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At least 12 dead as dangerous weather targets more than 30 million Americans

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Tornadoes hit the South, snow pummels Midwest

Dangerous weather is targeting more than 30 million Americans this weekend. A fast-moving storm sweeping across parts of the U.S. Gulf Coast and Southeast has already been blamed for at least 12 deaths throughout the South and Midwest. 

Tornadoes have been reported in at least three states.

The storm system has produced heavy rain and wind across Texas, Oklahoma, Louisiana, Missouri and Arkansas. In Iowa, snow plows are out for the area's first major winter storm of the season. The snowfall is heavy, having already caused several traffic accidents. More than 1,000 flights have also been canceled. 

 

Death toll raised to 12

One person was killed in Cedar County, Iowa, on Saturday. A passenger in a semitrailer was killed after the driver lost control of the vehicle on an icy road. The truck was found flipped over on its side in a ditch, according to Iowa State Patrol. 

By Jordan Freiman
 

More than 180,000 lose power in Alabama

Alabama Power, an electric company that serves roughly 1.4 million customers in Alabama, said that over 180,000 had lost power as a result of the deadly storm. As of 8 p.m., power had been restored to 116,000, leaving another 60,000 still in the dark, according to the power company

By Jordan Freiman
 

Death toll up to 11

A man in Kiowa, Oklahoma, died Saturday after being swept away by floodwaters caused by the storms, according to the Oklahoma Highway Patrol. The number of deaths attributed to the severe storms sweeping across the United States now stands at 11

By Jordan Freiman
 

More than 1,100 flights canceled in Chicago

More than 1,100 flights were canceled Saturday at Chicago's Midway and O'Hare airports, CBS Chicago reports.

The overwhelming majority of the cancellations were at O'Hare International airport. As of 5 p.m., 1,144 flights had been cancelled and the average delay time for a flight was 21 minutes. Meanwhile, there were 88 cancellations at Midway.

"At this point, I can't get out. I can't get home today or quite possibly tomorrow morning," Terry Bauman of Kansas City told CBS Chicago's Vi Nguyen. "I flew to St. Louis yesterday to visit my mother for a few hours, tried to fly back to Kansas City yesterday. We got 70 miles outside of Kansas City, and our flight had to turn around and come back."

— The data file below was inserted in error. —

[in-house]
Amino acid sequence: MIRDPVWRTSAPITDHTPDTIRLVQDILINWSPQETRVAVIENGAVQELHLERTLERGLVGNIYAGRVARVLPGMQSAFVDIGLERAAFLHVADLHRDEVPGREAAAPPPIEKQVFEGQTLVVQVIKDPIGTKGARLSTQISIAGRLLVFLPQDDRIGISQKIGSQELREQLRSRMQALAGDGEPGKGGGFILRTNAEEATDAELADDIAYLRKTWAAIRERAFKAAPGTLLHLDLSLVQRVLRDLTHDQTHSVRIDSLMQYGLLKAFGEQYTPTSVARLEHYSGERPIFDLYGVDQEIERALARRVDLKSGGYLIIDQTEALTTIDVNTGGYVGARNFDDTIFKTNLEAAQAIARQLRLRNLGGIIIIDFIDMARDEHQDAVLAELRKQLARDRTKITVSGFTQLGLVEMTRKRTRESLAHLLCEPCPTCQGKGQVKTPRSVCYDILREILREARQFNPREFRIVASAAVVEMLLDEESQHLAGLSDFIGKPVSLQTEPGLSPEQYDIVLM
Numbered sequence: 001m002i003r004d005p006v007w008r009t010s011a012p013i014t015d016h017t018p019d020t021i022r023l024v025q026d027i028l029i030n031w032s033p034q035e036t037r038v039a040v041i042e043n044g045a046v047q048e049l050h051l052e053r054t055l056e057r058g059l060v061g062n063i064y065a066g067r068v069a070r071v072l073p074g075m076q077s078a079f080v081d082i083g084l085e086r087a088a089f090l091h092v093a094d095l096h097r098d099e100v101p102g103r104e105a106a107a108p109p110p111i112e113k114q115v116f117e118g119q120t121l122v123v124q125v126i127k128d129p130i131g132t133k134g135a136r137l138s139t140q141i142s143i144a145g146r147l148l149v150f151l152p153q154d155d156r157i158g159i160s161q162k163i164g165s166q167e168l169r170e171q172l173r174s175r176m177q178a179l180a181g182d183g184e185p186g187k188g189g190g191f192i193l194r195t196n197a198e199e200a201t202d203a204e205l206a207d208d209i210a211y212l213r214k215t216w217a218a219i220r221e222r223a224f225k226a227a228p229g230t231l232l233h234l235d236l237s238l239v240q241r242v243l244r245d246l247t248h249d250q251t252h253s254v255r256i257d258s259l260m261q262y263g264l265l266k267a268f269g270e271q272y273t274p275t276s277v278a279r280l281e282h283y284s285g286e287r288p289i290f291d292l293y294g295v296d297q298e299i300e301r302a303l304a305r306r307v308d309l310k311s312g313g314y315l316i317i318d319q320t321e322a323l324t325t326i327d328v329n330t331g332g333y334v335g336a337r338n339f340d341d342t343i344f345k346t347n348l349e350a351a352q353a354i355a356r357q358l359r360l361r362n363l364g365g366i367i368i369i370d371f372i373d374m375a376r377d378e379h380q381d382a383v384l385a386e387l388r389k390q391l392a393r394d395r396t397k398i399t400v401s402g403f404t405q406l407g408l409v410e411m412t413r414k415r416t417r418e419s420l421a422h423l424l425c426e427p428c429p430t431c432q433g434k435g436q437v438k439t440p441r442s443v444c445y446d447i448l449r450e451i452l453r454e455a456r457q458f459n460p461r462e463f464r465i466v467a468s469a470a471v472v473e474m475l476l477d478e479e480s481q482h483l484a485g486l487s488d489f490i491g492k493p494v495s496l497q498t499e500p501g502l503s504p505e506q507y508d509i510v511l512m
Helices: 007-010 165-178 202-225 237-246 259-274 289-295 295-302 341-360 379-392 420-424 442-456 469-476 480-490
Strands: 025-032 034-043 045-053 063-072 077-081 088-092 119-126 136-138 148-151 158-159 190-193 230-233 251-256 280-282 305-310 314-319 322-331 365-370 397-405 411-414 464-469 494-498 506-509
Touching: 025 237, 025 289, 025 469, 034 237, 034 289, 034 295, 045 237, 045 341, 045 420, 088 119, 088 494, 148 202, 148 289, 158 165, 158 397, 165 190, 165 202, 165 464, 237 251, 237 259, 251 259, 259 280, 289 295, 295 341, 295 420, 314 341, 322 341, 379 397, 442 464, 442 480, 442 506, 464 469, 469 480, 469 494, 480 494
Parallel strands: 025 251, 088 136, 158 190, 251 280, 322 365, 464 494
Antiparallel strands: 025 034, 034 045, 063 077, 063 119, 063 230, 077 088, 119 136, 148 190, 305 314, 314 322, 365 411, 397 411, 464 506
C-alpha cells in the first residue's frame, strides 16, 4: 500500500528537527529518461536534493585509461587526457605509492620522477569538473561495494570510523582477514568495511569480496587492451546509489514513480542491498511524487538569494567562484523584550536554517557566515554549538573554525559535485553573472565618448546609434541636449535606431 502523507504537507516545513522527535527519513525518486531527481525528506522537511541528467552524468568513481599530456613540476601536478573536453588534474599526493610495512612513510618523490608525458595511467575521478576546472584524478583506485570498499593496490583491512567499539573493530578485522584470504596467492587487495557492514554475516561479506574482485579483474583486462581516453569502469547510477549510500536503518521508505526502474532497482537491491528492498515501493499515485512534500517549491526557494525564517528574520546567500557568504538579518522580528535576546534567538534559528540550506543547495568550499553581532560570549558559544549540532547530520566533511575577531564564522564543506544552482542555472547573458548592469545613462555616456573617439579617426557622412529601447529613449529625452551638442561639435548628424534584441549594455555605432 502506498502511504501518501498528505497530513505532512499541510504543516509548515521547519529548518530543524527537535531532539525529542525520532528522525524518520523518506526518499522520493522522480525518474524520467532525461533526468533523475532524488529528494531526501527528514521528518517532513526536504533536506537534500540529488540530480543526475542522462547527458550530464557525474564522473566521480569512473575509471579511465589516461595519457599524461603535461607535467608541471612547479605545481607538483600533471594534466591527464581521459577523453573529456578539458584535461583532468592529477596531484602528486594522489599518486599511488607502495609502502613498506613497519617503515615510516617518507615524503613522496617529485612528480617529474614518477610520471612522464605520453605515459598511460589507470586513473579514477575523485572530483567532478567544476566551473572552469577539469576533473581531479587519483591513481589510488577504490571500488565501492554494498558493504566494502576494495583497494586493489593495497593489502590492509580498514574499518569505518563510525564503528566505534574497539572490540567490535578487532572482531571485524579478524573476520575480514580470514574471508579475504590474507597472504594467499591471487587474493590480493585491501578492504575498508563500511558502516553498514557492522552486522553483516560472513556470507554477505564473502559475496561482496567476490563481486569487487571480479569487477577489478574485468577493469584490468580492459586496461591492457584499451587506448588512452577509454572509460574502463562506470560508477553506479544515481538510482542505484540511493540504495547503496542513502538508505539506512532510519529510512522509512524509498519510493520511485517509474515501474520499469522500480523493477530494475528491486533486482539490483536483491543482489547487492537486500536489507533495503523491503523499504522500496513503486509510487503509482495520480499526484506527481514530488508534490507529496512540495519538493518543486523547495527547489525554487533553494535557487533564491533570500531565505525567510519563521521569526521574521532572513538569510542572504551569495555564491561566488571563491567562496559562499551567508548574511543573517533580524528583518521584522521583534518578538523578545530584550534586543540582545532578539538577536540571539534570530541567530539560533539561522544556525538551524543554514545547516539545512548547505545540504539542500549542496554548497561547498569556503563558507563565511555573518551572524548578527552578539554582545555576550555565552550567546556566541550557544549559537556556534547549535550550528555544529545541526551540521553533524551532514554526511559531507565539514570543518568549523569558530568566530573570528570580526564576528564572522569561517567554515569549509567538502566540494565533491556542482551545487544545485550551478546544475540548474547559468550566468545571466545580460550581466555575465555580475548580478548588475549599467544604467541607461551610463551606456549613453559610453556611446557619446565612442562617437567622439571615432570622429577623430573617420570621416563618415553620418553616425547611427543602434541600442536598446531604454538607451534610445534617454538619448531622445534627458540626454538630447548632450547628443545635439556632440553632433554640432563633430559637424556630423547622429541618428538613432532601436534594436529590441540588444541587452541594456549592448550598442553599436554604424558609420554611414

By Jordan Freiman
 

Death toll rises to 10

At least 10 people have died in a severe winter storm that's making its way across the U.S.

Larry Hadnot, Jr., 44, was killed on Saturday in Nacogdoches County, Texas, after severe winds brought a tree down on top of a house, the county's office of emergency management said. Another person was in the house but escaped with minor injuries. A tree also fell on a home in Oil City, Louisiana, killing one person, according to the Oil City Police Department.

One person died in Dallas, Texas, on Friday night after their car flipped over and landed upside-down in a creek. Severe thunderstorms were passing through the area at the time, causing flash floods and leading to dangerous driving conditions.

In Lubbock, Texas, a police officer, 27-year-old Nicholas Reyna, and a firefighter, 39-year-old Eric Hill, were killed while working to clear an earlier traffic accident on Interstate 27.

Two more people were killed in Haughton, Louisiana, on Saturday. A tornado passed over the mobile home of Jerry W. Franks, 79, and Mary Sue Franks, 65, at around 2 a.m. The home was destroyed and pushed some 200 feet away from its foundations, according to the Bossier Parish Sheriff's Office.

By Jordan Freiman
 

3 people dead in tornado in Carrollton, Alabama

Three people died in a tornado in Carrollton, Alabama, the National Weather Service in Birmingham said. A line of severe storms are working through Western Alabama, CBS Birmingham affiliate WIAT-TV reported.

Tornado warnings and severe thunderstorm warnings are in effect across the Fayette and Walker County areas along with Tuscaloosa and Jefferson County.